Over the course of this month we are focusing on Pilsner beer. Why pilsners? There are several compelling reasons; the first and most important whether it is realized or not is pilsner beer changed everything. If there ever was a beer at the right time, right place then pilsner is on the short list. Second, it deserves a redemptive reading (or drinking.) One of the biggest issues facing pilsners today is getting over the stereotype of what a majority of beer drinkers think it is. Finally summer is literally right around the corner which means hot days and here true pilsner reveals itself and revels in the fact that it is one of most refreshing beers in the world.
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Pilsner’s good name has been thoroughly dragged through the mud and many have forgotten what makes a true pilsner beer special. This isn’t the fault of the beer drinker; they have been led down a path of mistrust and apprehension where pilsner style means uneventful, uninspired, tasteless swill. The biggest threat to pilsner beer has been through American macrobreweries. The villains in this story are the Millers, Budweisers, and Coors of the world and if we really want to get down to brass tacks the fault lies with a lot of the breweries that prospered and boomed after prohibition.
In the beginning these breweries, rich in German heritage brewed true pilsner beers in America. Much like other places in the world the beer caught on and became incredibly popular. One can imagine that these beers were very tasty. As time went on though and cost savings became a priority, concessions were made, the biggest being the step away from barley to cheaper adjuncts like rice and corn. This cheap derivative of the original still sold like gangbusters and encouraged other copycats. The problem was that neither corn nor rice can bring the good malt taste of barley, and for a beer like pilsner that uses very few ingredients that is a death sentence. While this is a very simplistic look at it, the end result was the reputation of pilsner beer slowly slipping into mediocrity.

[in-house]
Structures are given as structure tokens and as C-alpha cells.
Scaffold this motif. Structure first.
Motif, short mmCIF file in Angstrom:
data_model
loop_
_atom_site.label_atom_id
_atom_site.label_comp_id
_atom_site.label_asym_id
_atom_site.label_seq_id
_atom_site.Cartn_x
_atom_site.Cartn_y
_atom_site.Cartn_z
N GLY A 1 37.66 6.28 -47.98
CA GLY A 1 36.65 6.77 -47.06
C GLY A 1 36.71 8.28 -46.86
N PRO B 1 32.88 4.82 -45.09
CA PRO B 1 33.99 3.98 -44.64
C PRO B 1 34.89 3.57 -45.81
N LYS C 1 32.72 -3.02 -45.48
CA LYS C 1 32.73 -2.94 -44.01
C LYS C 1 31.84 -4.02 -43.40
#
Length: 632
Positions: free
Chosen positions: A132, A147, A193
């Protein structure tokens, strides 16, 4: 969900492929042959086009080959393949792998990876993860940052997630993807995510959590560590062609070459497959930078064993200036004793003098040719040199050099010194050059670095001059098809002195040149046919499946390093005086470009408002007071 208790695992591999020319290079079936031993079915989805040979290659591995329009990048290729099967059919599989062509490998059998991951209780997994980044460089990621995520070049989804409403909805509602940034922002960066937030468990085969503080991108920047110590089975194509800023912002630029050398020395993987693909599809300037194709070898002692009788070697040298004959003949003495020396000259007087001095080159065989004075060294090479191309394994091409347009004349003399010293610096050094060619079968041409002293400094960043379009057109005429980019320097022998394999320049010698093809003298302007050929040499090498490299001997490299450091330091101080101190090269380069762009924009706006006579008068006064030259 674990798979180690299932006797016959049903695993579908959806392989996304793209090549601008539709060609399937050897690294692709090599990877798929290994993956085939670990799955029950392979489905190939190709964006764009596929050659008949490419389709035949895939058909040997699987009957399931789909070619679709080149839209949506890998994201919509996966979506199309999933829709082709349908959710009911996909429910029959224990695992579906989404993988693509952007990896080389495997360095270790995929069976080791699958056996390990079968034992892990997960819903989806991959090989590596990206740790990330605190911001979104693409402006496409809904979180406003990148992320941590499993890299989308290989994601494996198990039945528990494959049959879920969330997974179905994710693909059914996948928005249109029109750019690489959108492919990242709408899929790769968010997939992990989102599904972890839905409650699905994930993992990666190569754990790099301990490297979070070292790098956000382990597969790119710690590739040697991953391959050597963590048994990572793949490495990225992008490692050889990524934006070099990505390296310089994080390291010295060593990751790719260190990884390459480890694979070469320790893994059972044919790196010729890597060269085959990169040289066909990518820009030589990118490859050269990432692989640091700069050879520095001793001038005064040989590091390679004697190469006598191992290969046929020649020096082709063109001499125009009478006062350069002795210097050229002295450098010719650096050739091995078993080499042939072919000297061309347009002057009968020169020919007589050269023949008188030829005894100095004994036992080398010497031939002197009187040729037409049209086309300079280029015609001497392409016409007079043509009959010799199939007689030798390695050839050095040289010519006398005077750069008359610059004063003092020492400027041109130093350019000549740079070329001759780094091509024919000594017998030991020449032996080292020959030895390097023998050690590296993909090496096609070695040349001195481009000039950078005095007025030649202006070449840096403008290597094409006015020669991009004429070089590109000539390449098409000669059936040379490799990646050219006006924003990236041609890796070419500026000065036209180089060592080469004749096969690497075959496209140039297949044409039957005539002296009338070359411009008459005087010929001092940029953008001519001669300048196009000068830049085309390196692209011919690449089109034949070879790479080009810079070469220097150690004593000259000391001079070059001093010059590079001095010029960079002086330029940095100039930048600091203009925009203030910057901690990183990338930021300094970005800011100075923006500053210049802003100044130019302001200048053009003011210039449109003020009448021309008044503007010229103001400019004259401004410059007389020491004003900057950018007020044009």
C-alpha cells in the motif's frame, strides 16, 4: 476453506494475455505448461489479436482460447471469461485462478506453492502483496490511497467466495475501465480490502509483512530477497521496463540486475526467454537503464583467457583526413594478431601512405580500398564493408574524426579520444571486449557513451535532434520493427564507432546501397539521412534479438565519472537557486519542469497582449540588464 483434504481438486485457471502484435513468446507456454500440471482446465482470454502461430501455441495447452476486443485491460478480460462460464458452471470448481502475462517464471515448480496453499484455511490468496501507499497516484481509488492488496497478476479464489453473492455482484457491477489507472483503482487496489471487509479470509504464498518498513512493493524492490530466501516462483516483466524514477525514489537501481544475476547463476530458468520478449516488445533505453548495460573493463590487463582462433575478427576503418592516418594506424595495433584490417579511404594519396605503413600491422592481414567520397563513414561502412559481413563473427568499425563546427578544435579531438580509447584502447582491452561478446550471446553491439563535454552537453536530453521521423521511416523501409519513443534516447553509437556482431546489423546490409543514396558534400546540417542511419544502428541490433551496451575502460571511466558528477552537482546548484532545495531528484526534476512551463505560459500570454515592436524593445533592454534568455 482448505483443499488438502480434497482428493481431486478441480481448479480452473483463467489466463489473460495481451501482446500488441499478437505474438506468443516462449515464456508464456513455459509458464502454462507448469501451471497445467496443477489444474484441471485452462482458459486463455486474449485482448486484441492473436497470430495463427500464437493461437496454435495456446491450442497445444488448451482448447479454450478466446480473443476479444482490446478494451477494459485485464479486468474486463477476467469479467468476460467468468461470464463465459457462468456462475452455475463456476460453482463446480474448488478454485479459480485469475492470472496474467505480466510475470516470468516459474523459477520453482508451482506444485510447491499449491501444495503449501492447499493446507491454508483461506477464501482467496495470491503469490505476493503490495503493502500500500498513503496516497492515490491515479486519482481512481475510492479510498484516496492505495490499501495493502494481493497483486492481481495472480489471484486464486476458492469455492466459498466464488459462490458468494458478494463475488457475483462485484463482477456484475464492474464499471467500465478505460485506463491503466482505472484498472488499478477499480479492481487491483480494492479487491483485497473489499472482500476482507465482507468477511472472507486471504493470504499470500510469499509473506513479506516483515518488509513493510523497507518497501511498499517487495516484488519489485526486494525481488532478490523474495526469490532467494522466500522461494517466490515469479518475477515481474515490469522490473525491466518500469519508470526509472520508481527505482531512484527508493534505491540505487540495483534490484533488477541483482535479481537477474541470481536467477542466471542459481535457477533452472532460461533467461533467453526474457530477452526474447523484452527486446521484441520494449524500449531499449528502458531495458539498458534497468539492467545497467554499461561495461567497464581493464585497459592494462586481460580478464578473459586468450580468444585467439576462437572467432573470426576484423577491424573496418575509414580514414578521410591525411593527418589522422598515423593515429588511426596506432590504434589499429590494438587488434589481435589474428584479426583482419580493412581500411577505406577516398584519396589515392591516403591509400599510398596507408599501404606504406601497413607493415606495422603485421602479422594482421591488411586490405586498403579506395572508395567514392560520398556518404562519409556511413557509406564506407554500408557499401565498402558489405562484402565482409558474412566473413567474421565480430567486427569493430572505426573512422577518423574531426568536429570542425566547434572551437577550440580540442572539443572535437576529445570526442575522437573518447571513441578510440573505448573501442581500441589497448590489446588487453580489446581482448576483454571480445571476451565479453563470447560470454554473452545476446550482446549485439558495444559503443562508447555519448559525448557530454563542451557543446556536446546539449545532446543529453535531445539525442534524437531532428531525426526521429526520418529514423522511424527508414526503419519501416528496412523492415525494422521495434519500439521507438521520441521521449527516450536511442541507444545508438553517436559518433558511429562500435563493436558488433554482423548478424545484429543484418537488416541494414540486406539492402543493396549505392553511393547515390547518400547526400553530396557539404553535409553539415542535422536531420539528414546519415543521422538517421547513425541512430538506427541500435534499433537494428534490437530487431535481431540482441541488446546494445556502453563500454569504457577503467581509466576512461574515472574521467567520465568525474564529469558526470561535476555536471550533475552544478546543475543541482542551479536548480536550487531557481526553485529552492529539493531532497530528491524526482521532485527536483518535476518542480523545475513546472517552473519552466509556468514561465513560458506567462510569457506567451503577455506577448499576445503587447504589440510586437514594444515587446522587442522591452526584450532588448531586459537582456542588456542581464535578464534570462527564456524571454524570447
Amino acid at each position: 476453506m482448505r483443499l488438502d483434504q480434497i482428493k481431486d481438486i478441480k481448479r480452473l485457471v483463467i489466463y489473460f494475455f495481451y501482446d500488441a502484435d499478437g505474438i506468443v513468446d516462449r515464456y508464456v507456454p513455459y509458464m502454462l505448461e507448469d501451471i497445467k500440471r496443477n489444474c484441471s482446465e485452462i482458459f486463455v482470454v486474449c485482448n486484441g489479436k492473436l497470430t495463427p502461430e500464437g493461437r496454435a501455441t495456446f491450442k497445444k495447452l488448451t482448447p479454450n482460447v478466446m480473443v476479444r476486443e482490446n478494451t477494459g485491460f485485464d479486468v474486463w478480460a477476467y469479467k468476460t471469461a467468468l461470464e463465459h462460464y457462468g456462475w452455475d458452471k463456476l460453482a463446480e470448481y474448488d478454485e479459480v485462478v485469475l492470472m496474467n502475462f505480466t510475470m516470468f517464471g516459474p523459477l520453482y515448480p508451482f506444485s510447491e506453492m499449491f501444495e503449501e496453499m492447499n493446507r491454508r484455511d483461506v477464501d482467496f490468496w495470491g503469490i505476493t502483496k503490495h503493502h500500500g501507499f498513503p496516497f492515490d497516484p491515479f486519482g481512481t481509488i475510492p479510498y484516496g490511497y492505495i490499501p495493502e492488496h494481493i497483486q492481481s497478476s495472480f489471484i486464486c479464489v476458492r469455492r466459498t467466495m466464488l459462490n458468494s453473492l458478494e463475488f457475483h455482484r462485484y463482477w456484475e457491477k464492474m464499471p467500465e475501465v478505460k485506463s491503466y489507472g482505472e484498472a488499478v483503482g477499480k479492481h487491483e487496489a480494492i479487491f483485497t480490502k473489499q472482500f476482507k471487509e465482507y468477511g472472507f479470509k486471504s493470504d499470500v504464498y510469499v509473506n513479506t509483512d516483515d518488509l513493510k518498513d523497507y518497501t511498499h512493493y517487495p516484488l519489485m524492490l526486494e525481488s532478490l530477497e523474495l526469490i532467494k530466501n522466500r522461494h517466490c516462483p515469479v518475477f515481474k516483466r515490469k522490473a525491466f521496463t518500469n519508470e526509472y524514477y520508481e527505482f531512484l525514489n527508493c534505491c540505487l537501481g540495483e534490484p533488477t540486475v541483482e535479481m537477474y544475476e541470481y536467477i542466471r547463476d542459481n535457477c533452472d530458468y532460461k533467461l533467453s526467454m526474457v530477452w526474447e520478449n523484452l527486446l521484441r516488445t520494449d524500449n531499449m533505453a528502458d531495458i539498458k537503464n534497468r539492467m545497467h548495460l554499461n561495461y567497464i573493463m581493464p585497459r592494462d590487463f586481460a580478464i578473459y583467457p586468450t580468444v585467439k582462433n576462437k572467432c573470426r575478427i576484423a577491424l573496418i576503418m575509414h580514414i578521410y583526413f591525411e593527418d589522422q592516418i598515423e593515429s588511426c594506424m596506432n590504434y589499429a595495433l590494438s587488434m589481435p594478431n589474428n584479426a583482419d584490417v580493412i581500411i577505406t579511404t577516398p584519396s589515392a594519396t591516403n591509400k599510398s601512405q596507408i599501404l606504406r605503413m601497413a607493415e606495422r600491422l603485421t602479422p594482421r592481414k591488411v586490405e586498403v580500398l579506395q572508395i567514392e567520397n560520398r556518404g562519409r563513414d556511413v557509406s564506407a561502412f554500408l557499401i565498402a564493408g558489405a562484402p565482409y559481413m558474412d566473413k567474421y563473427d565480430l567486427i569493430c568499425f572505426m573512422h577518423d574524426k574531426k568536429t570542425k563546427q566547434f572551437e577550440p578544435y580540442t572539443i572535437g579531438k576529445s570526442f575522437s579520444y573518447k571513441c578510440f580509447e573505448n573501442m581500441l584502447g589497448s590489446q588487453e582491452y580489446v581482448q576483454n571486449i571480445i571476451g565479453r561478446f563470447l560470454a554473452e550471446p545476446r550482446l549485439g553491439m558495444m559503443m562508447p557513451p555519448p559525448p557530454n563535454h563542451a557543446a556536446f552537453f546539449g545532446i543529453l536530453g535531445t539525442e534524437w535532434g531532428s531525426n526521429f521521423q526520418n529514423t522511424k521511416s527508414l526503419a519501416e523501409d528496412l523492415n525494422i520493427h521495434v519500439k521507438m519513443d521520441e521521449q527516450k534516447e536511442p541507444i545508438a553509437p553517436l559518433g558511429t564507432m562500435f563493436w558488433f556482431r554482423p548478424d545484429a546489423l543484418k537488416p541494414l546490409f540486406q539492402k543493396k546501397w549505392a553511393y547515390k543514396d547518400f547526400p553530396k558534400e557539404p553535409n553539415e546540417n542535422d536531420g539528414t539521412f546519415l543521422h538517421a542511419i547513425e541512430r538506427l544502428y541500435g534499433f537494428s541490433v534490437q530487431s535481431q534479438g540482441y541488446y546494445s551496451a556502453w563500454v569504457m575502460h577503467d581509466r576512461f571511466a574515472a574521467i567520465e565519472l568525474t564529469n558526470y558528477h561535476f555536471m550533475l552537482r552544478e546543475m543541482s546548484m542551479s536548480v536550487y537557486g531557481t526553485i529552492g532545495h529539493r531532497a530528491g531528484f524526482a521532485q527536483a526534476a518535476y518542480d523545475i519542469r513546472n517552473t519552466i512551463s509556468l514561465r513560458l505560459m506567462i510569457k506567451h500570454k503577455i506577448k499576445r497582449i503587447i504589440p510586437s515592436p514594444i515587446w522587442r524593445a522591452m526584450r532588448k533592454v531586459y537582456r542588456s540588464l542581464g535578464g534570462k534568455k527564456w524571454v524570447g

Now though, things are changing, the craft beer revolution has spurred brewers to recover and reclaim styles of beer. There are craft brewers that have risen to the challenge of brewing true pilsners. Combined with European brewing stalwarts both parties are working hard to dispel the bland image that pilsner has become in the minds of beer drinkers.
Pilsners today coming from crafts have several common traits with their traditional European counterpart: the crystal clear golden color, the white fluffy head, the crisp, light on the palette and refreshing taste. As always, American craft brewers continue to refine and tweak and while the results vary a majority are worth seeking out. For the beer drinker the excellence of pilsner is found in the details and the subtlety.
I argue a great chilled pilsner is one of the most refreshing beers a person can enjoy on a hot summer day. For me it was a Mama’s Little Yella Pils by Oskar Blues that got me interested in pilsners after being turned off of them by the willy-nilly use of “pilsner” by macrobrewers. The golden liquid in that golden can forced me to reconsider my previous notions of what pilsner really was and it opened up a cool part of the beer world.
We’ll talk a bit more about the history of pilsner in part 2.